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Abstract

Two factors have elevated recent academic and policy interest in tropical deforestation: first, the realization that it is a major contributor to climate change; and second, a revolution in satellite-based measurement that has revealed that it is proceeding at a rapid rate. We begin by reviewing the methodological advances that have enabled measurement of forest loss at a fine spatial resolution across the globe. We then develop a simple benchmark model of deforestation based on classic models of natural resource extraction. Extending this approach to incorporate features that characterize deforestation in developing countries—pressure for land use change, significant local and global externalities, weak property rights, and political economy constraints—provides us with a framework for reviewing the fast-growing empirical literature on the economics of deforestation in the tropics. This combination of theory and empirics provides insights not only into the economic drivers and impacts of tropical deforestation but also into policies that may affect its progression. We conclude by identifying areas where more work is needed in this important body of research.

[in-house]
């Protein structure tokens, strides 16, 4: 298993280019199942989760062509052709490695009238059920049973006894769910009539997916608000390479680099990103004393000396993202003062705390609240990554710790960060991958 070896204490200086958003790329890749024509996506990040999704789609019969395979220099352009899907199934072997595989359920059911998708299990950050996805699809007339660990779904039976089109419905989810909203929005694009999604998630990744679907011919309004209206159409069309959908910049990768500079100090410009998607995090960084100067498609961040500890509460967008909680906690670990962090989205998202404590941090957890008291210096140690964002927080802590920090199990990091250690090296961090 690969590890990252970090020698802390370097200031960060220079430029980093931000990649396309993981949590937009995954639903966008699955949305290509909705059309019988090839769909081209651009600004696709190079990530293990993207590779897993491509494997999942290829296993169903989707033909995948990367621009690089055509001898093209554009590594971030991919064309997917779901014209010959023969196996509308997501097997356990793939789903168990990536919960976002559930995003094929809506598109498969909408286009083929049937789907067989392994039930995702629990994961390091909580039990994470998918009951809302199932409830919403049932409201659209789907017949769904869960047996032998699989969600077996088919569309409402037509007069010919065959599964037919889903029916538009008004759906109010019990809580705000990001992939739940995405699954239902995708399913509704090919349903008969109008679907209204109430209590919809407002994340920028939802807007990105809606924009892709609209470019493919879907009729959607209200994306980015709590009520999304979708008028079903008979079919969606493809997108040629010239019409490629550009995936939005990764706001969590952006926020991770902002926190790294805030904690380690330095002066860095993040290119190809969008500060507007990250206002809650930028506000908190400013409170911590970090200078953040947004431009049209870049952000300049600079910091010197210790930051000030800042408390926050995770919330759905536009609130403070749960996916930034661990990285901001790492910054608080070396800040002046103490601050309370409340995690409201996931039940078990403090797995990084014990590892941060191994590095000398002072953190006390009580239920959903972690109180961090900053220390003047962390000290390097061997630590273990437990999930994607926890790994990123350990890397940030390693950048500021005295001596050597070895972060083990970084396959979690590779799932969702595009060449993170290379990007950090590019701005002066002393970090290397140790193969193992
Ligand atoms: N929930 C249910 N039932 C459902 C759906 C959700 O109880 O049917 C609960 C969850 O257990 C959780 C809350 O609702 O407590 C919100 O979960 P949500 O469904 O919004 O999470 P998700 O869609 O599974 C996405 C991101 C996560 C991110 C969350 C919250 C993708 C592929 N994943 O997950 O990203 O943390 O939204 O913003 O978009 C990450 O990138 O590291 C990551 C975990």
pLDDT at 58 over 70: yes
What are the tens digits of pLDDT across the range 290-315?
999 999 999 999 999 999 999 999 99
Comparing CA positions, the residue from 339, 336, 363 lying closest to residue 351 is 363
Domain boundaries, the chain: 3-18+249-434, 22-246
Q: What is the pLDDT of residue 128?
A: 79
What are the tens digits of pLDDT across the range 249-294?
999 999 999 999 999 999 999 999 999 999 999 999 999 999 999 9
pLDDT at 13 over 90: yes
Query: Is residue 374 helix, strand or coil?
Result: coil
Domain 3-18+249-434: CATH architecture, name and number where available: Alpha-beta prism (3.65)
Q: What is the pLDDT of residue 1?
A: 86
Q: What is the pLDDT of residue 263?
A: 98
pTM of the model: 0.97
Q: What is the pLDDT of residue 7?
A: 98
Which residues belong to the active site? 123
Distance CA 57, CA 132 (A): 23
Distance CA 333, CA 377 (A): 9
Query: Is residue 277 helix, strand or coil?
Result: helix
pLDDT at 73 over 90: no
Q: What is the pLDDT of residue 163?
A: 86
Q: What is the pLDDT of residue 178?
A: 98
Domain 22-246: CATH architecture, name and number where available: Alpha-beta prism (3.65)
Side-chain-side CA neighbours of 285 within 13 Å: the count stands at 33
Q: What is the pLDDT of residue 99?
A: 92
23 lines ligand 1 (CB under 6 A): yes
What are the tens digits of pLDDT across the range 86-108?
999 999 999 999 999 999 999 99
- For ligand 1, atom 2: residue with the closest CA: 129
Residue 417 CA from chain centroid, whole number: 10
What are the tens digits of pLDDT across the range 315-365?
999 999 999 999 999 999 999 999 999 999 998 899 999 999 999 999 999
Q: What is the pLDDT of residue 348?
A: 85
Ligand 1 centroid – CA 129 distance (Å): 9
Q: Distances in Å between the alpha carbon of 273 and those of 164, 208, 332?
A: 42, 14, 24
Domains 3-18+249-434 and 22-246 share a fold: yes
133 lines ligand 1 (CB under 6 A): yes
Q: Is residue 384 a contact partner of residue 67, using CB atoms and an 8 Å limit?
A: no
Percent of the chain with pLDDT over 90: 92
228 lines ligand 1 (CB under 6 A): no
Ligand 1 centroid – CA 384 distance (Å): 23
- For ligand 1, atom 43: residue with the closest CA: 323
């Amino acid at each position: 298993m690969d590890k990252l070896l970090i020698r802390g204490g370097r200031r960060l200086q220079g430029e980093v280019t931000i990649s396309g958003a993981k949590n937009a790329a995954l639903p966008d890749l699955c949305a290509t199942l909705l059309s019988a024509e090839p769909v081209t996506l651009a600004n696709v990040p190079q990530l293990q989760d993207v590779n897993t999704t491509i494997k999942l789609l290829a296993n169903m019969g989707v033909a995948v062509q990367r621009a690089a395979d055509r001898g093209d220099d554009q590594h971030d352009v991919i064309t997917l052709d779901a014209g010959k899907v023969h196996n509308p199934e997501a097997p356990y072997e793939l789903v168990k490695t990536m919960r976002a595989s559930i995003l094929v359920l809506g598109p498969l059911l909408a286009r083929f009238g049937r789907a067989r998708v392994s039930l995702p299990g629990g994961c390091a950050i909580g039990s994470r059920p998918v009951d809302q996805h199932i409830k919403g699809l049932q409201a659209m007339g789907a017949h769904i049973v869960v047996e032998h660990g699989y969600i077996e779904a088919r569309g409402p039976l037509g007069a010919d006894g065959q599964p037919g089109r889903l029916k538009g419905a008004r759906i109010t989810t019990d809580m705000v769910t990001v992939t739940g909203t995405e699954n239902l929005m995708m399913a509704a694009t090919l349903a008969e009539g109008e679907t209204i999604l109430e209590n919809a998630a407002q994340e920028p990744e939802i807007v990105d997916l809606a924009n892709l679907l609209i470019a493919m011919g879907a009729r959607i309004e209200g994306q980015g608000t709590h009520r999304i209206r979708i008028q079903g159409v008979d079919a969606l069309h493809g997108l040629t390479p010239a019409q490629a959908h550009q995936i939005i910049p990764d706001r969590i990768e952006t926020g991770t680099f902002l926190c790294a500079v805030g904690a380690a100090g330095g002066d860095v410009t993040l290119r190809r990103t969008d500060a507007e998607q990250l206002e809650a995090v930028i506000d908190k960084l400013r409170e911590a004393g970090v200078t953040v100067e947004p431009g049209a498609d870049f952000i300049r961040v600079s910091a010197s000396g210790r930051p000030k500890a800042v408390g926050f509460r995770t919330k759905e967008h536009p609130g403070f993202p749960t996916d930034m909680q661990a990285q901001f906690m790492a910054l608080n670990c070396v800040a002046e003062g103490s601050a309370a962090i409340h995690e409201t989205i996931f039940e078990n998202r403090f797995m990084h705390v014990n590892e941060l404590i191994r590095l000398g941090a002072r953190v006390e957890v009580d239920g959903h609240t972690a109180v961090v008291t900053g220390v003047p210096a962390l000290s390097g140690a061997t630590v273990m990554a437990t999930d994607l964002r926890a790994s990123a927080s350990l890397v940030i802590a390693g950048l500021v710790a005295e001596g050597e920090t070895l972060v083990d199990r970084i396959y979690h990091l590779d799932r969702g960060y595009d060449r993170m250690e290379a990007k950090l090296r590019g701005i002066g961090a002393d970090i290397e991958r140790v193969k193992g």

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2023-09-13
2024-06-17
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